While these may be the only copyrights per se in the recording itself, other rights may be inherent in the work. Printed materials included in the packaging, both textual and graphic, may be protected by copyright, again including underlying rights as well as protection for new matter. Vaguer and more complex are the possible rights in recordings held by trade union members and other artists who contributed to the recorded work. American Federation of Musicians or other union recording contracts with record companies may call for additional fees to the union for uses beyond single-unit retail sale. The rights of recording artists to the sound recordings on which they are heard is currently a subject of conflict between some artists and their record companies. Points of contention include royalties due from new media uses and the ownership of recording masters.
Many archives' most significant holdings are not commercially produced recordings but are unpublished recordings of various types. Such works include radio broadcast recordings, television sound tracks, "live" musical or dramatic performances, ethnographic field recordings, and interviews. It is in these recordings in which rights issues are most complex and in need of study, and perhaps adaptation, as they relate to preservation. When a for-profit or nonprofit corporate body, such as a broadcast network/station/producer or a music producer, creates these unpublished recordings, that body often owns the rights to the recording. As with commercially distributed published recordings, unpublished recordings are usually interpretations of music or literary underlying works that are commonly protected by copyright. Because the recordings were intended to remain as unpublished works when they were originally made, the producers were very unlikely to have entered into any contractual agreements with their co-creators, such as members of creative trade unions (musicians, actors, writers, and announcers), authors of underlying works, or interviewees. In some recordings, such as unauthorized tapings of live performances ("bootlegs"), none of the contributors to the work, including the producers, was aware that a recording was being made.
In the United States, federal copyright protection was not available for sound recordings until 1972. However, state and common laws protect these recordings until the year 2067, no matter when they were created. This means that, in effect, the law grants greater protection to sound recordings than to print materials. Determining exactly which parties hold the rights to a pre-1972 recording can present significant challenges, because no centralized registration exists as it does for post-1972 federal copyright protection.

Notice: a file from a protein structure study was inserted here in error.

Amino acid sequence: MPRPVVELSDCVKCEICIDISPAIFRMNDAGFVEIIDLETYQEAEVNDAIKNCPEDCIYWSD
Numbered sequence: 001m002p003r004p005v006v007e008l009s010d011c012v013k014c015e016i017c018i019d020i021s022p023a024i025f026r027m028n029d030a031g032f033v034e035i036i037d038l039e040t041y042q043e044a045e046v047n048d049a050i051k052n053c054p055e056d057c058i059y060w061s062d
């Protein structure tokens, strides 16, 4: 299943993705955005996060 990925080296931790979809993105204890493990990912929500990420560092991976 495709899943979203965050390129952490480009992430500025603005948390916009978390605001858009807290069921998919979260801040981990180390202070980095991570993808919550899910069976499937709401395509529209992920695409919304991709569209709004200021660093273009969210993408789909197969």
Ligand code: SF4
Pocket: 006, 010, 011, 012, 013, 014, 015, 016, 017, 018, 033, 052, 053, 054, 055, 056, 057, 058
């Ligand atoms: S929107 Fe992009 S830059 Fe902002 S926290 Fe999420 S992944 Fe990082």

The radical transformations that have made digital formats the predominant form of sound recording have made available to the public more types of sound recordings, and greater numbers of hours of audio, than ever before. As a result, research library administrators responsible for collection development policies must regularly reevaluate their long-range goals as well as their day-to-day acquisitions. No longer are acquisitions limited to physical items offered by retailers and in catalogs, or bought on their behalf by contracted purchasing representatives. Rather, librarians and archivists face a plethora of technologies, platforms, and genres.
Compact Discs: The First Digital Audio Revolution
In the consumer arena, the digital audio revolution began in the early 1980s, when the compact audio disc format was introduced. Public adoption of the CD format burgeoned beyond anyone's expectations. The public, and libraries, were attracted by the lack of surface noise and hiss that was commonly heard on LP and 78-rpm records and cassette tapes and by the CDs' touted invulnerability to normal wear. The sound on compact discs was criticized by audiophiles, collectors with high-end playback equipment, and other consumers, but most consumers never heard their arguments or the aural evidence. In fact, the 44.1 kHz, 16-bit sampling rate, or amount of compression, selected by the creators of the compact discs was a compromise that sacrificed sound quality at the expense of time capacity of the discs. As would be the case in the late 1990s with even more radically compressed MP3 audio files, convenience and cost proved to be more important to consumers than high fidelity was. Nonetheless, years after the introduction of the compact disc, manufacturers' claims of its indestructibility have been debunked. Archives that plan to make their holdings permanent will have to reformat CDs just as they will audio tapes and other fragile media.
Initially, the content of compact discs replicated that of the LP discs they would supersede. However, record companies gained significant profits from the re-release of older catalog issues, in addition to new releases. This new market for "old" holdings paralleled the growth in numbers of re-releases of motion pictures on video tape, which was occurring at the same time. Companies rediscovered the value of their archives of older intellectual property. In many cases, they discovered that they had prematurely destroyed their own masters under the mistaken assumption that there was no "aftermarket" for them. The convenience and lack of background noise on CDs prompted the public and libraries to recreate their holdings of LP discs and replace them with CD reissues.